The Role of the Offense

This is the part of the article that generally rubs a lot of people the wrong way. Scoring a lot of points is fun! It’s better than 2014 where Wake basically wanted to drag teams into dogfights because. I said it on twitter and I’ll say it again, it is absolute insanity to have an offense that is on the field for 2-3 minutes at a time and then expect your defense to consistently hold. The only team that does that successfully is Alabama this year. If you go at a breakneck pace on offense, whether you score points or not, you are asking for your defense to be gassed, missed tackles and long touchdowns.

That is exactly what happened against UNC and against Louisville.

UNC is a top 5, at worst, offense in the NCAA this year. After Wake’s defense gave up 4 straight scores, UNC went punt, punt, INT, punt, TD, punt from 12:45 left in the 2nd quarter to 14:51 left in the 4th quarter when the flood gates started to open. When this stretch starts it’s 28-24 Wake. When it ends Wake is still up 45-31.

You would think with a two-score lead, against one of the best offenses in the country, you’re down both starting outside wide receivers, your starting center, and barely have enough playable people in the secondary in the second half, you’d want to run the ball and milk the clock.

After North Carolina cuts the lead to 45-31 with 4:43 left in the 3rd, Wake Forest next 5 drives AVERAGED a minute and 10 seconds. Wake ran the ball 5 times total in 5 drives. Given the circumstances, who you’re missing, what’s on the other side, why not milk as much time as possible and give your defense a rest?

It’s also not that farfetched of an idea, as against better run defenses in UVA and Virginia Tech, that was exactly the game plan and they were up by fewer points than they were against UNC. Against UVA, where 1 run was the difference between Wake averaging 5 yards a carry to 3 yards a carry, Wake still made it a point to run the ball almost 40 times with CBS and KW3, 17 times in the second half before garbage time, and averaged just under 2 minutes a drive in the second half with one of the drives being a 17 second 75 yard scamper from KW3. Up 7 against VT in the second half, Wake’s drives averaged almost 3 minutes with almost 40 rushes again, 22 in the second half.

Is it calling the offense bad? No, not in the slightest, but we already go into the game knowing the offense puts such a huge strain on the defense, Dave Clawson has touched on it multiple times throughout the years, former players I’ve talked to have said as much, that if you’re going to run that many plays and at that fast of a pace you have to execute or you are leaving the offense out to dry. Stacking the box, not stacking the box, if you’re willing to play like that when all of your options are there, why aren’t you when your options are limited?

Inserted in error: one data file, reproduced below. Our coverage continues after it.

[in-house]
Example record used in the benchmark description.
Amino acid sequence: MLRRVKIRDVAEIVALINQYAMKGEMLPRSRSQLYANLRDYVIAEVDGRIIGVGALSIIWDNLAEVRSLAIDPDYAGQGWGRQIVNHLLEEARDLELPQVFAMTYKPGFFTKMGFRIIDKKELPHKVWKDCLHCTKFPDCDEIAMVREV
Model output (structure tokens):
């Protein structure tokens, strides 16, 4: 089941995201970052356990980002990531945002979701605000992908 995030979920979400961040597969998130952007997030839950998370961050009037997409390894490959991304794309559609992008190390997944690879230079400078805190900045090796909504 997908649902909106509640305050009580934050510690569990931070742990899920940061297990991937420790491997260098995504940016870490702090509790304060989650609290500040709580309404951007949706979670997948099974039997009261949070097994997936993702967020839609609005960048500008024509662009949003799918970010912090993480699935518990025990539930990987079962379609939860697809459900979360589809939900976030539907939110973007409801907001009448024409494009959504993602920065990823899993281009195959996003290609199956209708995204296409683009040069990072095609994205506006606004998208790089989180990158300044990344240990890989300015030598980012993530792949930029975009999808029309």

Fast forward to Louisville. Wake’s defense got out to a fast start with Louisvlle’s first 5 drives ending in either turnover on downs or a punt. Wake’s offense clearly rusty, scored once, and punted the other 4 drives. The rest of the game for Wake went FG/INT/Punt/FG/TD/Fumble/Downs/game. The offense wasn’t good that’s not really a debatable topic, but again what kind of hole did the offense put the defense in. Granted Wake was missing Donavon Greene and Kenneth Walker III on offense, the defense was missing Boogie/Kamara/Tyler Williams/Shamar McCollum/Nasir/Trey Rucker/Gavin Holmes and had a clearly not healthy Zion Keith for 14 snaps. Wake’s offense averaged a little over a minute and a half per drive. If you’re not going to give this defense a break, especially when they’re short handed, what do you expect?

So what needs to change?

One of the main things has to be injuries. COVID and contact tracing had its way this year, but you only have to go back one year to the Pinstripe Bowl when Wake was missing Kamara/Fox/Justin Strnad/Nasir/Masterson and had to at points have Essang Bassey play safety. The breakneck pace of the offense doesn’t help, but at this point there has to be borderline malpractice happening for the amount of injuries this defense suffers and how long they linger.

Depth also has to be addressed at certain points. There has to be a willingness to get guys like Will Smart, Justin Williams, and Jasheen Davis more reps on the line. There has to be a willingness to get Zach Ranson, Jaylen Hudson, DJ Taylor more reps at LB. They essentially had to baptize their safeties this year so all have meaningful reps, but in the past that group hasn’t gotten the youth involved either. You have to find ways to get these guys on the field for a few plays here and there so you can get off the field on 3rd down with your studs.

Lastly, the philosphy of the offense in some shape or form needs to be tinkered with. The excuse of “they were loading the box” can’t continue to be used as to why Wake abandons the run, especially when they’re running well, and tries to rely on letting Sam cook. Wake Forest is 3-7 in games that Sam Hartman had to throw more than 30 times in that game. Is it calling Sam bad? Absolutely not, but this team has to rely on its strengths and allow this defense to breathe.